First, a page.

Re: “Richmond schools dodge closure, ball now in MLA’s court,” Richmond-News.com.
The fact that Richmond Board of Education has terminated the school closure process is good news for parents of children. It also highlights how the coordinated advocacy of these parents can produce results, particularly with a looming election. (It is unfortunate that the actions, or inaction, of the BC Liberals and our three MLA’s resulted in so much stress!)
The question I have is why we focus in on seismic upgrading of schools as opposed building new schools? After all, the schools in Richmond do not appear to be of any architectural or historical significance.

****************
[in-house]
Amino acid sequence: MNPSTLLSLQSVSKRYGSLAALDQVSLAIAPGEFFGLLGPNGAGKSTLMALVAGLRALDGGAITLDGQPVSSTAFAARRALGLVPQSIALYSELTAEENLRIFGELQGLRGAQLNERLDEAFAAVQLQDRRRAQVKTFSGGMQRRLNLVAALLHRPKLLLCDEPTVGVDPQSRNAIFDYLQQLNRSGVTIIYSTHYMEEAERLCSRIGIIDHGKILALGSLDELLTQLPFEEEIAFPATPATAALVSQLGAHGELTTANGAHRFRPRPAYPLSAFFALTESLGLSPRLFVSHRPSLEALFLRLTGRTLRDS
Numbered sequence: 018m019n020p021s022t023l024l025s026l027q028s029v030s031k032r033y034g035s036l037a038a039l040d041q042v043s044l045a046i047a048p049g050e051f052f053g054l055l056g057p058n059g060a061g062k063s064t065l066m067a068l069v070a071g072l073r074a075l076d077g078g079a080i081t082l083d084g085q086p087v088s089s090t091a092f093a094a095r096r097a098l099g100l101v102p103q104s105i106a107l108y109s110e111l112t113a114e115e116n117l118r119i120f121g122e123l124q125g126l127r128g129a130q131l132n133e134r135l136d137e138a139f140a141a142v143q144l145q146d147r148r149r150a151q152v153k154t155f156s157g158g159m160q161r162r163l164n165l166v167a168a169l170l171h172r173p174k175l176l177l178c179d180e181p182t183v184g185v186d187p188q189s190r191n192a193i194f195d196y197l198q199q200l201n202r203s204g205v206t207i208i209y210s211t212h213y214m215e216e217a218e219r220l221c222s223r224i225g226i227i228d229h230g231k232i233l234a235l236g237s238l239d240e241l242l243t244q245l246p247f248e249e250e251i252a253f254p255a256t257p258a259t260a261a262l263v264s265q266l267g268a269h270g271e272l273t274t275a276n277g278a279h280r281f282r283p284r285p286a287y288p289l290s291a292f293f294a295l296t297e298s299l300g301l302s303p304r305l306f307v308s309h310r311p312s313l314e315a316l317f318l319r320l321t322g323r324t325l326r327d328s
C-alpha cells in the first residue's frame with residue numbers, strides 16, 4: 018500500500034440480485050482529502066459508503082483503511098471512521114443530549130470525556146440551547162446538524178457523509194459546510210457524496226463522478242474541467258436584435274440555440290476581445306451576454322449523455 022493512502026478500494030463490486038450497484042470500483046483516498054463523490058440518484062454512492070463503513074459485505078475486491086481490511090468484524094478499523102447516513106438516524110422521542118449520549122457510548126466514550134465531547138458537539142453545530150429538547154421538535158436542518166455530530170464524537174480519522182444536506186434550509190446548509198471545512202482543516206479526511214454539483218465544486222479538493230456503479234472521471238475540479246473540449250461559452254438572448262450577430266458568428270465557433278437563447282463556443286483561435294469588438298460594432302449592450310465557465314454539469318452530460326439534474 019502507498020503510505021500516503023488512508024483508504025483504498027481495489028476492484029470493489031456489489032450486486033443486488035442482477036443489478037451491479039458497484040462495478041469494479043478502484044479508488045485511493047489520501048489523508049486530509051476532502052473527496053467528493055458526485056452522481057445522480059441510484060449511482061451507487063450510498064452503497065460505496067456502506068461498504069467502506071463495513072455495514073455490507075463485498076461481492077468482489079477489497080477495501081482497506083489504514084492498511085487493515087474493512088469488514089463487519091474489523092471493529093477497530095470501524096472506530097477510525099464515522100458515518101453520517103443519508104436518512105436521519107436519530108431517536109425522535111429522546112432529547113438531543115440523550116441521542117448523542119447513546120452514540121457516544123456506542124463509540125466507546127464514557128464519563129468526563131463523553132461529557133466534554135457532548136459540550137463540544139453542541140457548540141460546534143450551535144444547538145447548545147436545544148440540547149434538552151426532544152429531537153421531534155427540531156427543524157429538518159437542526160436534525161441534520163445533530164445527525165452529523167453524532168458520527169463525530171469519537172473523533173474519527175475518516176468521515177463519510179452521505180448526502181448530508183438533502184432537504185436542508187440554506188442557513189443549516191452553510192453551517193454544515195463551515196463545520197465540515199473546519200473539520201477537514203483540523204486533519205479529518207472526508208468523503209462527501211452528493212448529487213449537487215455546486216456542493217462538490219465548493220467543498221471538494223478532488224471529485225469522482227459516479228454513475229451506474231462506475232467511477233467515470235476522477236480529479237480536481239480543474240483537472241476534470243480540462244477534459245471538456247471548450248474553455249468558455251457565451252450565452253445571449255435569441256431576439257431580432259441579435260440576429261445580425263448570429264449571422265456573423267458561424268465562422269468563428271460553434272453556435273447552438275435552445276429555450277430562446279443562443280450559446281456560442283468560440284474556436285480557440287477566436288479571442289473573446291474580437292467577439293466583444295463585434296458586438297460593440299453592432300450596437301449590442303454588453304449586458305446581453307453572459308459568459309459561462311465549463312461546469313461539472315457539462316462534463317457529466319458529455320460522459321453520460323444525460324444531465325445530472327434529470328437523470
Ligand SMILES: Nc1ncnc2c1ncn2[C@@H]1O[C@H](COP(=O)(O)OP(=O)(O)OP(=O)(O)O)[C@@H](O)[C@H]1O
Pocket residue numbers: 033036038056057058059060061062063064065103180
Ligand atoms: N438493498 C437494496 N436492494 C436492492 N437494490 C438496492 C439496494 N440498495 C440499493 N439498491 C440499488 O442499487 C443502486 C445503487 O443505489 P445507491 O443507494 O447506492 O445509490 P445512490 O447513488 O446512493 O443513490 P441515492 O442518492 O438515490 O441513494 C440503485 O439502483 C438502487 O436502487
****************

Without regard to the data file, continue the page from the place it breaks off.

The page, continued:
My understanding is that the government will fund seismic upgrades, but if during the course of the upgrade additional work (plumbing, electrical, etc.) is required, the board must provide the funding. Splitting the cost does not make the project any more cost effective to the taxpayer who’s funds both.
Why would we not adopt the model used for Richmond High, build a new school on the existing site then demolish the old school and restore the fields. This would result in the elimination of numerous issues plaguing existing schools (asbestos in drywall, insulation, etc., lead in drinking water, rot, mould…) and reduce maintenance and operating cost with more efficient heating and electrical systems. New schools can also be built faster and sized to fit future needs.
When the life cycle cost, including maintenance and operating cost and health safety, is considered, new schools should be receiving more consideration than seismic upgrades.